Free Our Data: the blog

A Guardian Technology campaign for free public access to data about the UK and its citizens

‘What happens at the next Lockerbie?’ – the risks of killing NIMSA

One of the points that I made during the Open Knowledge Foundation meeting in London last week was that the Ordnance Survey knows when everything changes. It has a mission to map the UK, and pretty much anything the size of a garden shed will get noticed by its overflights. (Wouldn’t local authorities love to know about changes in their areas that conformed or didn’t to planning permission? How much do they have to pay if they do?)

I’ve been to OS – which apparently six of the eight past ministers in charge of OS haven’t – and seen the work they do loading the overflight data onto the MasterMap. It’s impressive. The OS target is to get 99.6% of changes in the database within six months.

However the end of the National Interest Mapping Services Agreement (NIMSA) last year means that the OS gets no subsidy to map areas that are out of the way. If it’s having to compete with a growing number of commercial services (apparently the latest one Vanessa Lawrence is concerned about is China’s mapping agency), how can it justify mapping remote areas at that speed?

Ed Parsons, former chief technology officer at Ordnance Survey, says that it won’t. “Areas in cities will get updated, but in Scotland your new garden shed might not be noticed for five years.” Nice for your garden shed – but what happens when a plane or a tanker or some other disaster happens in that remote area that has been neglected because of the death of NIMSA?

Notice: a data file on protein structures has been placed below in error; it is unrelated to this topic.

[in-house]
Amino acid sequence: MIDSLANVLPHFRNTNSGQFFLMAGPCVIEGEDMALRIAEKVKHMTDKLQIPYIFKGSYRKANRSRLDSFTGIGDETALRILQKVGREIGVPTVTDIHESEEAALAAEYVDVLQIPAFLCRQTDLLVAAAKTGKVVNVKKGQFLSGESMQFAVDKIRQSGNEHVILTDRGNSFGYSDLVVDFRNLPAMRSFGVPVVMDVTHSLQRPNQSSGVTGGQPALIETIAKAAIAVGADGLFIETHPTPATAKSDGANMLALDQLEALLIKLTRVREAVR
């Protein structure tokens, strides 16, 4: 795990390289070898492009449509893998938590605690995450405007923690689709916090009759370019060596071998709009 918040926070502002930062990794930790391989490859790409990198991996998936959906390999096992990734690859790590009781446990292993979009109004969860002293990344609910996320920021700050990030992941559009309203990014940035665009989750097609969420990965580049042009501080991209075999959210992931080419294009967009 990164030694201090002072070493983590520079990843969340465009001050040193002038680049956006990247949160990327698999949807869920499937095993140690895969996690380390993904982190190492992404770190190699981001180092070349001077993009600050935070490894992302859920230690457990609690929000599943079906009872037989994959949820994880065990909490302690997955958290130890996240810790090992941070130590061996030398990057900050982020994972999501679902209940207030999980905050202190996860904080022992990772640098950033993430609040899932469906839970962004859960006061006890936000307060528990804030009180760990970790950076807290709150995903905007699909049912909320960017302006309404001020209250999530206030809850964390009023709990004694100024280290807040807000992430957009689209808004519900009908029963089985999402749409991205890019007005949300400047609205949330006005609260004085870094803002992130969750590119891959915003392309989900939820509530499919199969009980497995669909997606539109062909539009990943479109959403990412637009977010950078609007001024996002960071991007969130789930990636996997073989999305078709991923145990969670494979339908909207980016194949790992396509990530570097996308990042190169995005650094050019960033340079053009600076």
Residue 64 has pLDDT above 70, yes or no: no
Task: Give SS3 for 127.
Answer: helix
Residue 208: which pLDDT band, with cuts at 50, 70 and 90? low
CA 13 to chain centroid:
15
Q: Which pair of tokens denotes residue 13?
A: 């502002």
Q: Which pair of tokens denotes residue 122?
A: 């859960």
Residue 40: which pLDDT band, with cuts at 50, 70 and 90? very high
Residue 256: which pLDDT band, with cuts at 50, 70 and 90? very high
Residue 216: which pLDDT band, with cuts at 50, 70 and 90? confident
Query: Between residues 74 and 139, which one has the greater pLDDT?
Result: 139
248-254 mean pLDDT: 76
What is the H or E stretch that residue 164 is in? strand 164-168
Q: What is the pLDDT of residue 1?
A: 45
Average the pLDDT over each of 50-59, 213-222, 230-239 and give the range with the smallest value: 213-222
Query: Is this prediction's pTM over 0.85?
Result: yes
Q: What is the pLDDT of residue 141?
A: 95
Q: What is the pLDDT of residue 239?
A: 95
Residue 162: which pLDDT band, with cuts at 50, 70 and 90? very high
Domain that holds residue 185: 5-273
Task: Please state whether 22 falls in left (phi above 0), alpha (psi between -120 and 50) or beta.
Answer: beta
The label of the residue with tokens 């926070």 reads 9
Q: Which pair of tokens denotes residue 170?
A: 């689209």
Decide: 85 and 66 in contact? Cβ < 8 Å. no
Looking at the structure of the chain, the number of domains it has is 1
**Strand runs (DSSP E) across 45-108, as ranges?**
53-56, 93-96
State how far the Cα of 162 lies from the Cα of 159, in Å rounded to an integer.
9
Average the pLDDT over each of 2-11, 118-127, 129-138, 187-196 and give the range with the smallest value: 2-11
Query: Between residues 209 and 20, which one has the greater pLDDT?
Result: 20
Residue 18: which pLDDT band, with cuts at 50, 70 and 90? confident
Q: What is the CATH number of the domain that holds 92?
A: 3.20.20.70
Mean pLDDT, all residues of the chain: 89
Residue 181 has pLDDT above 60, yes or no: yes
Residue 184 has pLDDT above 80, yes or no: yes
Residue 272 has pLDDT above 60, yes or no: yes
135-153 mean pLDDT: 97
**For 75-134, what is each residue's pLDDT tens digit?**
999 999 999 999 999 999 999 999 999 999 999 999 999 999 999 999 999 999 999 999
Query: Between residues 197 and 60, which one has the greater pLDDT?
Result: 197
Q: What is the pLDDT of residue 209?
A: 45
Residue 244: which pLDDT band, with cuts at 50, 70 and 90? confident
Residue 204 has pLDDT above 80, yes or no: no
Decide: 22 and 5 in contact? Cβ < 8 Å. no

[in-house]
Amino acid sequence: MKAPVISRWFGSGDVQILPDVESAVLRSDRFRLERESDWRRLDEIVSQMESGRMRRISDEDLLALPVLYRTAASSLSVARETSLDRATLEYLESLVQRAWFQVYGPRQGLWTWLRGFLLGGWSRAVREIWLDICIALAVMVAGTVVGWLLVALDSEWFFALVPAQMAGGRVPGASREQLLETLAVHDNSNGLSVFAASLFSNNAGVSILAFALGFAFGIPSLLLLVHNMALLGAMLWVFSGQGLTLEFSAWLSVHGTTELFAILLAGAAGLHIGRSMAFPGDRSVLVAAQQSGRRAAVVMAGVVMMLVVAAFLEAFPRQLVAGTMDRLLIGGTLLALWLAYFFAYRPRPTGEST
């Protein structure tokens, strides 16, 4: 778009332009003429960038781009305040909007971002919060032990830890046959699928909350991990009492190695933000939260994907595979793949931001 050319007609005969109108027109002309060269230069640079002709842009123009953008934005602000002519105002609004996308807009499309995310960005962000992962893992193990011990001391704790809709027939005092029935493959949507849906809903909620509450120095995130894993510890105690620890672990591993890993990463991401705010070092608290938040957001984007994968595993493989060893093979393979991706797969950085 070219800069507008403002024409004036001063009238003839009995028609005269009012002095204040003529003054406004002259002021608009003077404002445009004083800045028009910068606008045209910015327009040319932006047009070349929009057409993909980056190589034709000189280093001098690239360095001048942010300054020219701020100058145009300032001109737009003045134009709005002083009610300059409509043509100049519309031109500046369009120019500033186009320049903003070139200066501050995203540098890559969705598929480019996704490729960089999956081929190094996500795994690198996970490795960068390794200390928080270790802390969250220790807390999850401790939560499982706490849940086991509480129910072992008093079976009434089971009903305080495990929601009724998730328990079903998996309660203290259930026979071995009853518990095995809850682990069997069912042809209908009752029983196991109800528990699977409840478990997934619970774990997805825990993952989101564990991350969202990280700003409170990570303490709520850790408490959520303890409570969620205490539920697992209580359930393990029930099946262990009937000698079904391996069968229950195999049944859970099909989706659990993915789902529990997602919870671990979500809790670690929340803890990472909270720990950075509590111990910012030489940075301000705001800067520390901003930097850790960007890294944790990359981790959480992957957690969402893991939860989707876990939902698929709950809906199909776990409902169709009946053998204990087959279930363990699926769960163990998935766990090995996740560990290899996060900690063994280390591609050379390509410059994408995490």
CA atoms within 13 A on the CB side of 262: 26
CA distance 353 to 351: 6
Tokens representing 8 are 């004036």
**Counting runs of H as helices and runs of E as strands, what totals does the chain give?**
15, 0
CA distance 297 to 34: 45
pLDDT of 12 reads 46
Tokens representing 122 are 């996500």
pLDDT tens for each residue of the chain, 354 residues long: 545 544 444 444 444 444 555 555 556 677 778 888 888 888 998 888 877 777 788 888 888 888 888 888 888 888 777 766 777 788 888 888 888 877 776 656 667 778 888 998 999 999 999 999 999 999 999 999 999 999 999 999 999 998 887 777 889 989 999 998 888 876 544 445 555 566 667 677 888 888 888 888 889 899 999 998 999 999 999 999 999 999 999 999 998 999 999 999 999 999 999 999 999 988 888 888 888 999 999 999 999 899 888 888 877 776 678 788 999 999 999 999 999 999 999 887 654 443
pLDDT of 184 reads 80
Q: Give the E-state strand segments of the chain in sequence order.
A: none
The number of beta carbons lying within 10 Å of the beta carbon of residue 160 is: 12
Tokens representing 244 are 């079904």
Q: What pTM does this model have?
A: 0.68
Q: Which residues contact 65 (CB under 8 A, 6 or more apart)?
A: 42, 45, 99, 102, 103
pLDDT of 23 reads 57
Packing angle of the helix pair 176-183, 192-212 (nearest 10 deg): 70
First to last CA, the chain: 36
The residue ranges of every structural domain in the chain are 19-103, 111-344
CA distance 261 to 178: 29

That is why the Free Our Data campaign says that Ordnance Survey is valuable – and that the government has a responsibility to citizens to make sure the UK is well mapped, within the public sector. Duncan Shiell of OS, who spoke at the NCeSS event, said that between the wars, councils did a lot of the mapping – but that when the OS was re-funded back to strength and took it over, it discovered that many of the maps didn’t join up across county boundaries... explains what happened between the wars in the comments (Any errors are mine, from misremembering.)

We think the point remains though. That’s why you need a well-funded – taxpayer-funded, not privatised – OS.

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